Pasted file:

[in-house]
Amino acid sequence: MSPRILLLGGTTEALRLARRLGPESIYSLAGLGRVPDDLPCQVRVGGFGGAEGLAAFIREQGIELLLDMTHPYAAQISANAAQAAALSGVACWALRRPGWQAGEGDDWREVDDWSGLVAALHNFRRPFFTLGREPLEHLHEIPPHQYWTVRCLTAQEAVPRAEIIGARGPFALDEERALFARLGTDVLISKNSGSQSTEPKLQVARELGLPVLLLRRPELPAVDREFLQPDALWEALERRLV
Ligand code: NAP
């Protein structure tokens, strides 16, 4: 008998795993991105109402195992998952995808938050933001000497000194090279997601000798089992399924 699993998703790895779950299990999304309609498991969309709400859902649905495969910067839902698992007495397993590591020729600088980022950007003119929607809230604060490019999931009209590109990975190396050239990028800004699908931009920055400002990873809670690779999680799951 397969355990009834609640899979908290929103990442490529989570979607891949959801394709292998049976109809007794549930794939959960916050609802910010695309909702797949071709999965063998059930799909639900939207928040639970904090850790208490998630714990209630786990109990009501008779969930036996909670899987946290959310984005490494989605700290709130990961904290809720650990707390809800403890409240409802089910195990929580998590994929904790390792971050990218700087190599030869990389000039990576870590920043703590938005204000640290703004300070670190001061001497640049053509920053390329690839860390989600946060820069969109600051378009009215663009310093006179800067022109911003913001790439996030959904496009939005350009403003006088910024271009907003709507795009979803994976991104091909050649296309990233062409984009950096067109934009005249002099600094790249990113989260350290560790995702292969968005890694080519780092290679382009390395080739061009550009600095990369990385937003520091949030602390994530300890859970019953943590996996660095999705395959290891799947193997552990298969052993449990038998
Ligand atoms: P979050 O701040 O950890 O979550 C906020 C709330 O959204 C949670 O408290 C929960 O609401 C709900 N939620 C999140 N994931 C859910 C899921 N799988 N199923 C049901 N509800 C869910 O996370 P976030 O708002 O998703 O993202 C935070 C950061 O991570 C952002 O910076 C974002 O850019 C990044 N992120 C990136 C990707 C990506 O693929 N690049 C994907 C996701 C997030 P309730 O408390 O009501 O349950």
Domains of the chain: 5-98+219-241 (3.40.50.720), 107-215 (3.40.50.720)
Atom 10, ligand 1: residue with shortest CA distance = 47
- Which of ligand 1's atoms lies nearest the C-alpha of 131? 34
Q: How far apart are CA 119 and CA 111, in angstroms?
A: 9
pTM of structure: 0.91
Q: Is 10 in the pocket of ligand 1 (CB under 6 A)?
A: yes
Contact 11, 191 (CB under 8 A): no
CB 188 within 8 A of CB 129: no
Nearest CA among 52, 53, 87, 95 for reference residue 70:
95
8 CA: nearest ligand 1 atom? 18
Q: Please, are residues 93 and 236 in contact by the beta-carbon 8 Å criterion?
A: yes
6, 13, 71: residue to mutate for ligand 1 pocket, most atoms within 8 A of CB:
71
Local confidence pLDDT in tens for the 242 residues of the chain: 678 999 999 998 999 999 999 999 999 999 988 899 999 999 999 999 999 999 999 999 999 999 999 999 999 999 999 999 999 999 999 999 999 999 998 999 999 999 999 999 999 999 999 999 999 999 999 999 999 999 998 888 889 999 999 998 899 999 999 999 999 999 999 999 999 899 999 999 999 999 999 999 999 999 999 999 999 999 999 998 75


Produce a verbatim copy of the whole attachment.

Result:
[in-house]
Amino acid sequence: MSPRILLLGGTTEALRLARRLGPESIYSLAGLGRVPDDLPCQVRVGGFGGAEGLAAFIREQGIELLLDMTHPYAAQISANAAQAAALSGVACWALRRPGWQAGEGDDWREVDDWSGLVAALHNFRRPFFTLGREPLEHLHEIPPHQYWTVRCLTAQEAVPRAEIIGARGPFALDEERALFARLGTDVLISKNSGSQSTEPKLQVARELGLPVLLLRRPELPAVDREFLQPDALWEALERRLV
Ligand code: NAP
């Protein structure tokens, strides 16, 4: 008998795993991105109402195992998952995808938050933001000497000194090279997601000798089992399924 699993998703790895779950299990999304309609498991969309709400859902649905495969910067839902698992007495397993590591020729600088980022950007003119929607809230604060490019999931009209590109990975190396050239990028800004699908931009920055400002990873809670690779999680799951 397969355990009834609640899979908290929103990442490529989570979607891949959801394709292998049976109809007794549930794939959960916050609802910010695309909702797949071709999965063998059930799909639900939207928040639970904090850790208490998630714990209630786990109990009501008779969930036996909670899987946290959310984005490494989605700290709130990961904290809720650990707390809800403890409240409802089910195990929580998590994929904790390792971050990218700087190599030869990389000039990576870590920043703590938005204000640290703004300070670190001061001497640049053509920053390329690839860390989600946060820069969109600051378009009215663009310093006179800067022109911003913001790439996030959904496009939005350009403003006088910024271009907003709507795009979803994976991104091909050649296309990233062409984009950096067109934009005249002099600094790249990113989260350290560790995702292969968005890694080519780092290679382009390395080739061009550009600095990369990385937003520091949030602390994530300890859970019953943590996996660095999705395959290891799947193997552990298969052993449990038998
Ligand atoms: P979050 O701040 O950890 O979550 C906020 C709330 O959204 C949670 O408290 C929960 O609401 C709900 N939620 C999140 N994931 C859910 C899921 N799988 N199923 C049901 N509800 C869910 O996370 P976030 O708002 O998703 O993202 C935070 C950061 O991570 C952002 O910076 C974002 O850019 C990044 N992120 C990136 C990707 C990506 O693929 N690049 C994907 C996701 C997030 P309730 O408390 O009501 O349950």
Domains of the chain: 5-98+219-241 (3.40.50.720), 107-215 (3.40.50.720)
Atom 10, ligand 1: residue with shortest CA distance = 47
- Which of ligand 1's atoms lies nearest the C-alpha of 131? 34
Q: How far apart are CA 119 and CA 111, in angstroms?
A: 9
pTM of structure: 0.91
Q: Is 10 in the pocket of ligand 1 (CB under 6 A)?
A: yes
Contact 11, 191 (CB under 8 A): no
CB 188 within 8 A of CB 129: no
Nearest CA among 52, 53, 87, 95 for reference residue 70:
95
8 CA: nearest ligand 1 atom? 18
Q: Please, are residues 93 and 236 in contact by the beta-carbon 8 Å criterion?
A: yes
6, 13, 71: residue to mutate for ligand 1 pocket, most atoms within 8 A of CB:
71
Local confidence pLDDT in tens for the 242 residues of the chain: 678 999 999 998 999 999 999 999 999 999 988 899 999 999 999 999 999 999 999 999 999 999 999 999 999 999 999 999 999 999 999 999 999 999 998 999 999 999 999 999 999 999 999 999 999 999 999 999 999 999 998 888 889 999 999 998 899 999 999 999 999 999 999 999 999 899 999 999 999 999 999 999 999 999 999 999 999 999 999 998 75